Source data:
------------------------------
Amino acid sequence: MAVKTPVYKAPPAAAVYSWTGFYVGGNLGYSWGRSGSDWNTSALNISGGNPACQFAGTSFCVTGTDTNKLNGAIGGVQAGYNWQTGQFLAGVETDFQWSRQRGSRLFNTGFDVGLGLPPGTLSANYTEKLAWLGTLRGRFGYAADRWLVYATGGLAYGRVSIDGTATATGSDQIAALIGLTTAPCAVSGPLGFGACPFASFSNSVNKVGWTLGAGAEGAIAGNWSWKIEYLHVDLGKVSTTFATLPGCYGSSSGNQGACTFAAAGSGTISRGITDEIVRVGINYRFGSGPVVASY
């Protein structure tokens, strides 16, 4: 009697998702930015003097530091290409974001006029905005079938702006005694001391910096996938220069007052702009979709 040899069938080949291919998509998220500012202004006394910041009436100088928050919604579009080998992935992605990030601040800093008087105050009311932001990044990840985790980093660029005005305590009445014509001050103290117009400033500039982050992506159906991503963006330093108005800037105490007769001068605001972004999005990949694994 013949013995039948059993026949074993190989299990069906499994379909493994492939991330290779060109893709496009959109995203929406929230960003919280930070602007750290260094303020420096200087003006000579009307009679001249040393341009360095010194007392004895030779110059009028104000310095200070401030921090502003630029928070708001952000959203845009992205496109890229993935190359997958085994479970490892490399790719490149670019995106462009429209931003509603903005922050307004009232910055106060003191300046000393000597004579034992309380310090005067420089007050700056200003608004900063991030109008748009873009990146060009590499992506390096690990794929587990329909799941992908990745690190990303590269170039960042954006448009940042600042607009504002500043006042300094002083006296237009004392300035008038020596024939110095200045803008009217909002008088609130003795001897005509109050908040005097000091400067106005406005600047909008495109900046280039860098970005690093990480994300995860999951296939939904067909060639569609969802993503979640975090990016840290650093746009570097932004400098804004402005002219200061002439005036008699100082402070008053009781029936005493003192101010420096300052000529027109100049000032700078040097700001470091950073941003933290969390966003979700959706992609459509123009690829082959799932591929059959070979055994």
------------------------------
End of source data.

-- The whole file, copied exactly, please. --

Amino acid sequence: MAVKTPVYKAPPAAAVYSWTGFYVGGNLGYSWGRSGSDWNTSALNISGGNPACQFAGTSFCVTGTDTNKLNGAIGGVQAGYNWQTGQFLAGVETDFQWSRQRGSRLFNTGFDVGLGLPPGTLSANYTEKLAWLGTLRGRFGYAADRWLVYATGGLAYGRVSIDGTATATGSDQIAALIGLTTAPCAVSGPLGFGACPFASFSNSVNKVGWTLGAGAEGAIAGNWSWKIEYLHVDLGKVSTTFATLPGCYGSSSGNQGACTFAAAGSGTISRGITDEIVRVGINYRFGSGPVVASY
């Protein structure tokens, strides 16, 4: 009697998702930015003097530091290409974001006029905005079938702006005694001391910096996938220069007052702009979709 040899069938080949291919998509998220500012202004006394910041009436100088928050919604579009080998992935992605990030601040800093008087105050009311932001990044990840985790980093660029005005305590009445014509001050103290117009400033500039982050992506159906991503963006330093108005800037105490007769001068605001972004999005990949694994 013949013995039948059993026949074993190989299990069906499994379909493994492939991330290779060109893709496009959109995203929406929230960003919280930070602007750290260094303020420096200087003006000579009307009679001249040393341009360095010194007392004895030779110059009028104000310095200070401030921090502003630029928070708001952000959203845009992205496109890229993935190359997958085994479970490892490399790719490149670019995106462009429209931003509603903005922050307004009232910055106060003191300046000393000597004579034992309380310090005067420089007050700056200003608004900063991030109008748009873009990146060009590499992506390096690990794929587990329909799941992908990745690190990303590269170039960042954006448009940042600042607009504002500043006042300094002083006296237009004392300035008038020596024939110095200045803008009217909002008088609130003795001897005509109050908040005097000091400067106005406005600047909008495109900046280039860098970005690093990480994300995860999951296939939904067909060639569609969802993503979640975090990016840290650093746009570097932004400098804004402005002219200061002439005036008699100082402070008053009781029936005493003192101010420096300052000529027109100049000032700078040097700001470091950073941003933290969390966003979700959706992609459509123009690829082959799932591929059959070979055994």